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Open mike 03/06/2019

Written By: - Date published: 7:00 am, June 3rd, 2019 - 237 comments
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237 comments on “Open mike 03/06/2019 ”

  1. A statement from Matt Blomfield:

    On Tuesday last week we had the launch for the book Whale Oil by Margie Thomson. It was an incredible and humbling experience. About three hundred people turned up. My wife and kids attended and afterwards they talked about what an amazing night they had with other friends and family.

    This weekend with the dust starting to settle I looked back at the week that followed the launch and I felt uncomfortable. It was a busy week with media appearances and messages of support, and naturally there was a big focus on the details of my protracted battle against Cameron Slater. What got me thinking, though, was a book review on Newsroom by Finlay Macdonald – not his words but the image at the top of the page: Cameron Slater knocked out in the first round of his boxing match with Jesse Rider. He looks broken. I needed to beat Cameron in court in order to win back my reputation. It was never my intention to break the man.

    Cameron Slater has had his struggles in life. He’s had business failures. He struggled with mental illness; he lost his home. More recently he has had health issues. It follows that my mind takes me to a place of sympathy for Slater. He has a wife and kids just like me; he has tried to succeed, just like me. I feel increasingly concerned at the tone of some of the comments about him that are appearing online. I know what it’s like first hand to be ridiculed online, to be bullied and it affects more than just the individual. It flows through to that person’s friends and family.
    Slater is not well. His attacks against me are not the actions of a right thinking individual. He needs help.
    I’m concerned that some of the coverage given to the publication of Margie’s book gives the impression this book is a tit-for-tat exercise. It’s not, and that’s clear to anyone reading it. Yes, it’s the story of my long struggle to rescue my reputation and get justice, but
    it’s about much more than a fight between two individuals. It is about our changing world and a system that needs to change so that our children are protected. It introduces readers to some incredible individuals and shows that even during the hardest of times good people will stand up and be counted. It’s about never giving up, and that sometimes the decision to fight can come from a place of love, compassion and family. Finally, it’s about people as a whole and how we choose to live not only on the internet but as a society.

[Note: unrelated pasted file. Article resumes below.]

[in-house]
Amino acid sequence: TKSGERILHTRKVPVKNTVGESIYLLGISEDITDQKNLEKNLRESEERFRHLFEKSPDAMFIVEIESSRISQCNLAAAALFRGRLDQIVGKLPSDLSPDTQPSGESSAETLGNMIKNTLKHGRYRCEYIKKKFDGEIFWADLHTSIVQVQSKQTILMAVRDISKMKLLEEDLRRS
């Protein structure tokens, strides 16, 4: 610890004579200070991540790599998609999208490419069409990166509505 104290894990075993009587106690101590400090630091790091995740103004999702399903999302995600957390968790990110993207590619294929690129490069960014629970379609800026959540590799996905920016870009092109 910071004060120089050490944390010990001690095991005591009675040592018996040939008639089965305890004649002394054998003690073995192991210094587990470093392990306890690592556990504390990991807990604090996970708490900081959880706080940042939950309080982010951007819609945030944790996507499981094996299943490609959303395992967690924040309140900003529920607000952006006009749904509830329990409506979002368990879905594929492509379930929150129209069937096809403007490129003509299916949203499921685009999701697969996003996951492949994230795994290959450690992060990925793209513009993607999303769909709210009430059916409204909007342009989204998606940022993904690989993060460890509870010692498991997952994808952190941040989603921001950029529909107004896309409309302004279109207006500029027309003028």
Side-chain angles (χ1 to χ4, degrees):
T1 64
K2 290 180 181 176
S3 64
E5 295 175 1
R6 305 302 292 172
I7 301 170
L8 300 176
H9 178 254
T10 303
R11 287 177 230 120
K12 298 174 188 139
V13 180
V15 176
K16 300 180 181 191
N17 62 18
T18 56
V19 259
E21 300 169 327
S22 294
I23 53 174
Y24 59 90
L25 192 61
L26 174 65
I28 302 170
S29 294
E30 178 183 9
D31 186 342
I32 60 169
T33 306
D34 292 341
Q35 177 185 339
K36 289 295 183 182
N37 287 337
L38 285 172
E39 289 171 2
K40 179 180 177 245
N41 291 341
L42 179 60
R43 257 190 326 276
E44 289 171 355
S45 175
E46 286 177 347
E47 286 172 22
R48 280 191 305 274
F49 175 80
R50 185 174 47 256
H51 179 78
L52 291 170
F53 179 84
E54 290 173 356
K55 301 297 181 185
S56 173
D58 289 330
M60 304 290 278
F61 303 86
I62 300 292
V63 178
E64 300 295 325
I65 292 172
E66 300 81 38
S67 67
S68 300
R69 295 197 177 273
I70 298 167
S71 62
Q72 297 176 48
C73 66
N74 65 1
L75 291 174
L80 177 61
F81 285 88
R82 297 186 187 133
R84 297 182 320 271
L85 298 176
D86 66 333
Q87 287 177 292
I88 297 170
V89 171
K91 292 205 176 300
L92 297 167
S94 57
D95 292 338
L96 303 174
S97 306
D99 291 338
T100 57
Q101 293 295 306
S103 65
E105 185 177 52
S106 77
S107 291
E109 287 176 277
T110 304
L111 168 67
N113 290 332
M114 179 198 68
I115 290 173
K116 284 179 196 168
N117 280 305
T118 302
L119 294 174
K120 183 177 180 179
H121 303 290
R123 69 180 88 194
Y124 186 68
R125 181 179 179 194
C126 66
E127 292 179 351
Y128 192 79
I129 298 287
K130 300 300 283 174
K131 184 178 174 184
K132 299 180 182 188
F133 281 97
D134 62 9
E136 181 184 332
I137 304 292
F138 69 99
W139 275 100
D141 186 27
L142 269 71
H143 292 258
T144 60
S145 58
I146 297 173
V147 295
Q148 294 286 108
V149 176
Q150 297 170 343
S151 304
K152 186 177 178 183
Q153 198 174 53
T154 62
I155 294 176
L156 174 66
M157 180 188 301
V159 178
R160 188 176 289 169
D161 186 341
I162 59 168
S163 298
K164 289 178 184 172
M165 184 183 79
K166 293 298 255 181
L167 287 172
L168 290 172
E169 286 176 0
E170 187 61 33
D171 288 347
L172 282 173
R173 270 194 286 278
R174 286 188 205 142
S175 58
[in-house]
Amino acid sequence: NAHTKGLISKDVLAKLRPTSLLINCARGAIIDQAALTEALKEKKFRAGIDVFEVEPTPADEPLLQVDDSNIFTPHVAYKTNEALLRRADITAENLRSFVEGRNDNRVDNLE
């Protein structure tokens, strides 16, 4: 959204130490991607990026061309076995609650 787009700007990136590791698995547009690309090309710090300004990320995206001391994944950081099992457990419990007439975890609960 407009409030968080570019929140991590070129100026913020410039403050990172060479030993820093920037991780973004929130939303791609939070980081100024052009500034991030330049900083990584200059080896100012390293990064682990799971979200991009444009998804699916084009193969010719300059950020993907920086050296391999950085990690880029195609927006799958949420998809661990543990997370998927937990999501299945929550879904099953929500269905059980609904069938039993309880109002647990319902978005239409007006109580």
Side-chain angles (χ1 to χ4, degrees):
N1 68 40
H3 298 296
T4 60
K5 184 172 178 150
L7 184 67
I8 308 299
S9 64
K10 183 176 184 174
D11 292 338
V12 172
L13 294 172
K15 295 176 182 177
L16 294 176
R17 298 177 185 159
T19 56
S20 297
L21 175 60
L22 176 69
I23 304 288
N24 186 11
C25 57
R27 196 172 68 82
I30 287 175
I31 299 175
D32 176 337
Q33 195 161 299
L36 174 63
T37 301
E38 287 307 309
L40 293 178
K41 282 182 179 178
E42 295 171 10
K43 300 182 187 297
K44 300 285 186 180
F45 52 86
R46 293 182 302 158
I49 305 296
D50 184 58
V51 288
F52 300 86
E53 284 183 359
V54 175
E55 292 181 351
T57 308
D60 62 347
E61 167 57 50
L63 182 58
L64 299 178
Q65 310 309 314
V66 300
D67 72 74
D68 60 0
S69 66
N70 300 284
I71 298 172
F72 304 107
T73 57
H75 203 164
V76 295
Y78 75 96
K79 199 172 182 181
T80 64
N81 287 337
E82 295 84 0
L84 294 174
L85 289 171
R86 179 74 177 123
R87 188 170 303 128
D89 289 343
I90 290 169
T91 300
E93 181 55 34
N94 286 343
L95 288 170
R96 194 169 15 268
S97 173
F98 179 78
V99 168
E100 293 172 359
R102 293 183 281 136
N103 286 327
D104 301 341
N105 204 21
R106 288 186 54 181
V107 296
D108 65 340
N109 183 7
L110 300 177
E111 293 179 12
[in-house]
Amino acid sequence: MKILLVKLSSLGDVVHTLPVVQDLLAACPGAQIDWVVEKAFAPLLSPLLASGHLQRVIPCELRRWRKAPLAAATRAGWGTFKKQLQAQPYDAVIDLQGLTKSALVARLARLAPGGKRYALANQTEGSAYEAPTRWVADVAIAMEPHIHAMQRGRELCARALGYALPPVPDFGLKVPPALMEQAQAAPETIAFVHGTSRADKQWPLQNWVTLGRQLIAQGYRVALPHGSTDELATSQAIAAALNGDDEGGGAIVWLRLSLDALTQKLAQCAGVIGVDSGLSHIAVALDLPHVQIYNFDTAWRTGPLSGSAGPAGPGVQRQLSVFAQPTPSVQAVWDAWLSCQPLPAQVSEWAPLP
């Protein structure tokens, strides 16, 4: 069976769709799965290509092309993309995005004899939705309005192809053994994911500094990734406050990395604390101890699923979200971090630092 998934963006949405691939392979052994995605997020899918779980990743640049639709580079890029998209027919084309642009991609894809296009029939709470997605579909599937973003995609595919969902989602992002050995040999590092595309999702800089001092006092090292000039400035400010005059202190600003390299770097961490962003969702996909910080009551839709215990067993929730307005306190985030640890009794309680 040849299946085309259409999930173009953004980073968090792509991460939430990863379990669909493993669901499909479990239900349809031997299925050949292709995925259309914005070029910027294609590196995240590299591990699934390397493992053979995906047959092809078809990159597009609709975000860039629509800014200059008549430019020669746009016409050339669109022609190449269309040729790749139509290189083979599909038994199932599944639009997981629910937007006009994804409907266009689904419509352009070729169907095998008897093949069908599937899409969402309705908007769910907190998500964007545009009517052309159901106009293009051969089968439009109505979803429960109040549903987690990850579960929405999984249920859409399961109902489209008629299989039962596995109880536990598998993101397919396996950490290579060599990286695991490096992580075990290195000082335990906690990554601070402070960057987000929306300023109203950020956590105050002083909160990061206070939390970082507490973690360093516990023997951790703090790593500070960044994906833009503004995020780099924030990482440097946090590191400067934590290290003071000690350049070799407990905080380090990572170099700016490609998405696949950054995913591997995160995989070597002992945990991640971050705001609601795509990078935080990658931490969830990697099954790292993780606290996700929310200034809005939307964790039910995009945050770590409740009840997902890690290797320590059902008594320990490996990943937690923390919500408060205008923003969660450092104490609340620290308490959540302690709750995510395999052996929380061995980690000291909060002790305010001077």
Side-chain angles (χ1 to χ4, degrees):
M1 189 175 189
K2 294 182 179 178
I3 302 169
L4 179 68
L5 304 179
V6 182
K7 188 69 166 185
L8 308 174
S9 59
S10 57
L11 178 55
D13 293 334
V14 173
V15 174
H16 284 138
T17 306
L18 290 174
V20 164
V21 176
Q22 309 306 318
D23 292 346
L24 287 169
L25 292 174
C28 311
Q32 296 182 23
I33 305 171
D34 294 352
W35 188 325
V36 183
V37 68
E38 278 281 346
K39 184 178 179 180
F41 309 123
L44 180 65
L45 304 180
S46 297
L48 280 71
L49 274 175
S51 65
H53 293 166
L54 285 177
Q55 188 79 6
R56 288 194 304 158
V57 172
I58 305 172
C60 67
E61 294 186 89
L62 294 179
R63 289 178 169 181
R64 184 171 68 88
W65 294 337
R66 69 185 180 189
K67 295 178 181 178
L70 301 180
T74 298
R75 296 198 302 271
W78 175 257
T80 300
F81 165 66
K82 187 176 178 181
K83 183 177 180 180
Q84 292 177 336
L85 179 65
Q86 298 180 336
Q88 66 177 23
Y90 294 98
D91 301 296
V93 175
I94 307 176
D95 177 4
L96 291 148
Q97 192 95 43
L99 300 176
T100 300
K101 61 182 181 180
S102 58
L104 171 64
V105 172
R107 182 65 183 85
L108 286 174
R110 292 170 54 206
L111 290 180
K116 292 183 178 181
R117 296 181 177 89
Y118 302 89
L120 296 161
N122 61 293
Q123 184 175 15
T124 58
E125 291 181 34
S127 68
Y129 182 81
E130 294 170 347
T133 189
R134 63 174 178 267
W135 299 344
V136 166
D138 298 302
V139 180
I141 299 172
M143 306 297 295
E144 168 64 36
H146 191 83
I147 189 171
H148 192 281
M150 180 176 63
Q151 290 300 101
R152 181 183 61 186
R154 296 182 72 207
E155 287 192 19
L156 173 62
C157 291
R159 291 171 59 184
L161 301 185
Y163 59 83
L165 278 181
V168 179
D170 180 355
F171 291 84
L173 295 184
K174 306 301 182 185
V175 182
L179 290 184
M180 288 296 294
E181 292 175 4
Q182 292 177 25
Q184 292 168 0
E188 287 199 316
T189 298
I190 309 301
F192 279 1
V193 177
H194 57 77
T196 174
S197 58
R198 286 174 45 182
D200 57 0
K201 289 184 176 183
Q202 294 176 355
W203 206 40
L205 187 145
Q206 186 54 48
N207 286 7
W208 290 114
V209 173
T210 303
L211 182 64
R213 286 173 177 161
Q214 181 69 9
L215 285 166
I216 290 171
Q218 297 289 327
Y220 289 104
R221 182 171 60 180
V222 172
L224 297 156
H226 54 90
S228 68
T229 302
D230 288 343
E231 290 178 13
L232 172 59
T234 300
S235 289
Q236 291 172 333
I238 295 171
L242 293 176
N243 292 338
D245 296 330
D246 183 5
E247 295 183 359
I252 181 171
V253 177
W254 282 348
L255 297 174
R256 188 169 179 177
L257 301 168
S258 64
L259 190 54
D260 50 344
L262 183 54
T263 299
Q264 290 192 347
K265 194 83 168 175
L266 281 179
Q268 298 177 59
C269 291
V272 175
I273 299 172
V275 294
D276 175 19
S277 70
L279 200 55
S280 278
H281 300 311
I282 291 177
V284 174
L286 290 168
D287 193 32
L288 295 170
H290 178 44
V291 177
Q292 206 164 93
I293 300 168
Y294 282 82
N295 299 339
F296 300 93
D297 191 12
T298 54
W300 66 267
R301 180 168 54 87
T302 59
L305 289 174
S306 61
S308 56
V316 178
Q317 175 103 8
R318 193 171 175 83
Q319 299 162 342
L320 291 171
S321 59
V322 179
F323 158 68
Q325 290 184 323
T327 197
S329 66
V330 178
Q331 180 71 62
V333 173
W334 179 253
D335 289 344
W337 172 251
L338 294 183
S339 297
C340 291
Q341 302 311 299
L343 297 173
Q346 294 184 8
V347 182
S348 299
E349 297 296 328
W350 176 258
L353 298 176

The people who have read the book have all had the same reaction; a feeling of surprise. It follows that those same people have expressed to me what an important book this is and how much it impacted them as individuals.

    I am now going to focus on my family, my health, my education and hopefully move past this. My story has been told.

    I hope that people will move past attacking what can be only be described as a damaged individual. Let’s put him where he belongs, in the footnote of history, and move on to talking about the important issues he only symbolizes.

    • Peter Christchurh nz 1.1

      It's great that Blomfield can be so objective and magnanimous, but the evil of Slater is not just confined to him.

      That p.o.s. Slater has destroyed so many lives with his obsessive hatred, revelling in the hurt and suffering he inflicted on grieving families and systematic attempts to destroy public servants and the undermining of our justice system.

      Yes, sociopaths, for clearly that is what he is, can be smart. His blog did a great job with political commentary but sadly now has morphed into conspiracy theories and Islamophobia under the direction of his wife. I detest the childish nonsense of Karma, but his current suffering is well deserved.

  2. Robert Guyton 2

    This story; read and weep, fellow humans; this is the way we roll.


    • Rosemary McDonald 2.1

    • marty mars 2.2

      "22 trees were cut down along Palmerston North's main street because of complaints about bird poo."

      Thus the utter depravity of our feelings of divorce from nature, from OUR nature, leads us to destruction.

      • greywarshark 2.2.1

        Not depravity – it may be that people just don't like sitting in bird poo. Perhaps the seats should have been shifted free of trees.
        The streets and pavements would still have lots of white spots. But hey in other civilised countries there is a night-time water spray over city streets (they also clean their buildings too), so perhaps some NZ cities could start taking more pride in the civic appearance, Palmerston North leading the way!

        Cars receiving droppings could accept it as one-of-life's problems during the day.

        At night near twilight when the birds are gathering en masse and letting it all hang out, twittering about the day's events, and people gathering at bars doing the same, cars might be hit then. It would be a good incentive to cut the cackle, down a few beers and go and get some food. There is a way of managing such things without abandoning lots of trees.

    • In the Palmerston North example (trees along Broadway felled because people complained about birdshit on their cars), the result has been that, in the evenings, the few remaining trees (around the Square) now host all the birds in the central city and God help you if you park your car under one – you won't be able to see out the windows when you return to it. No doubt the city's councillors will apply their awesome problem-solving skills to the issue and cut down the remaining trees.

      • Jenny - How to Get there? 2.3.1


        Australia's Controversial Adani Coal Mine Now One Approval Away From Construction